James Tate has contingency plans for Top Rank should the unbeaten four-year-old fail to make the cut for this month’s Unibet Lincoln at Doncaster.
The Newmarket trainer may not necessarily go for the Spring Mile, the consolation race for the first big handicap of the turf season which will be run on the same card on March 28.
Tate could consider the Doncaster Mile – another race on the same day – but he would be reluctant to run the grey on testing ground for his first run of the campaign.
If that was the case, Tate might instead wait for the Craven meeting at Newmarket next month.
“He’s a lovely horse. He’s done very well over the winter, and we rate him very highly,” he said of the unbeaten four-year-old.
“If he didn’t get in the Lincoln I’m not sure we’d go for the consolation. I’ll think about it.
“There’s a Listed race at Doncaster the same day, or there’s a race for him at the Craven meeting at Newmarket.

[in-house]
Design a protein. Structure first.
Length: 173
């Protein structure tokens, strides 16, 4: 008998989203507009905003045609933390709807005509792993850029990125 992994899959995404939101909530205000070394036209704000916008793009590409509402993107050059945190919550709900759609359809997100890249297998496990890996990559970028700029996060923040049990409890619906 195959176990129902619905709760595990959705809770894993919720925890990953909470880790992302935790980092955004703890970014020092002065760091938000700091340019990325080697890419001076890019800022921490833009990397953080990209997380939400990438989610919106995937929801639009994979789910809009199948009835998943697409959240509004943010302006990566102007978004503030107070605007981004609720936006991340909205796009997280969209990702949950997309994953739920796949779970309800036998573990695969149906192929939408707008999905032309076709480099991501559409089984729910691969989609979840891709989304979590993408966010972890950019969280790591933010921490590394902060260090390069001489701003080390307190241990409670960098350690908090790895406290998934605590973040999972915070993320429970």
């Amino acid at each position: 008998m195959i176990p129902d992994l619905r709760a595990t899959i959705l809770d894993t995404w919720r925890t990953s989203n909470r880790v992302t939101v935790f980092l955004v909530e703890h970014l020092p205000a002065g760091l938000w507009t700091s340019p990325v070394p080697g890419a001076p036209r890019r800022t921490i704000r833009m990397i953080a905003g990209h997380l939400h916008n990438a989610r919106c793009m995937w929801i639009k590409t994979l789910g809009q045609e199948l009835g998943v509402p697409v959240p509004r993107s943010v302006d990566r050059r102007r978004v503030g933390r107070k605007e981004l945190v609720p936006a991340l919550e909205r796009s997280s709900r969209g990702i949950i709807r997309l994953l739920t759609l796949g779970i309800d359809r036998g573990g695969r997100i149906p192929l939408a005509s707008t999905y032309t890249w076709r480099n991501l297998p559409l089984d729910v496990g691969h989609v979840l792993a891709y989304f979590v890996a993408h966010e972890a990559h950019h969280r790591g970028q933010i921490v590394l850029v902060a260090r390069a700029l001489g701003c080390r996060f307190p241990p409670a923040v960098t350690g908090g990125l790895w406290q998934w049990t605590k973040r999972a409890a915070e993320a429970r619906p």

“The ground will play a part too. While I think he’ll appreciate a bit of cut in the ground, whether I want to set him off first time on very soft ground is a different matter.
“I’ll see what the forecast is for the next couple of weeks. On the other hand, it was very soft the last jumps meeting I saw at Doncaster, so we’ll see.”
The Craven meeting, or Newbury the same week in April, could see the reappearance of Tate’s Qipco 1000 Guineas hopeful Under The Stars.
The daughter of Night Of Thunder cost only 6,000 guineas as a yearling, yet has already won £138,000 in prize money.
That was mainly down to her success in a valuable sales race at Newmarket in October – but she also won the Group Three Princess Margaret Stakes at Ascot and was not beaten far in three other major Group races for fillies, the Lowther, the Moyglare Stud and Rockfel Stakes.
“She’s in very good form, very happy with herself,”said Tate.
“She’s not the biggest but she doesn’t think that and she’s done really well.
“She’s going really well, and we’re going to go for either the Nell Gwyn or the race at Newbury what was the Fred Darling – followed probably by the English Guineas.
“I’m sure we’ll have a lot of fun with her.”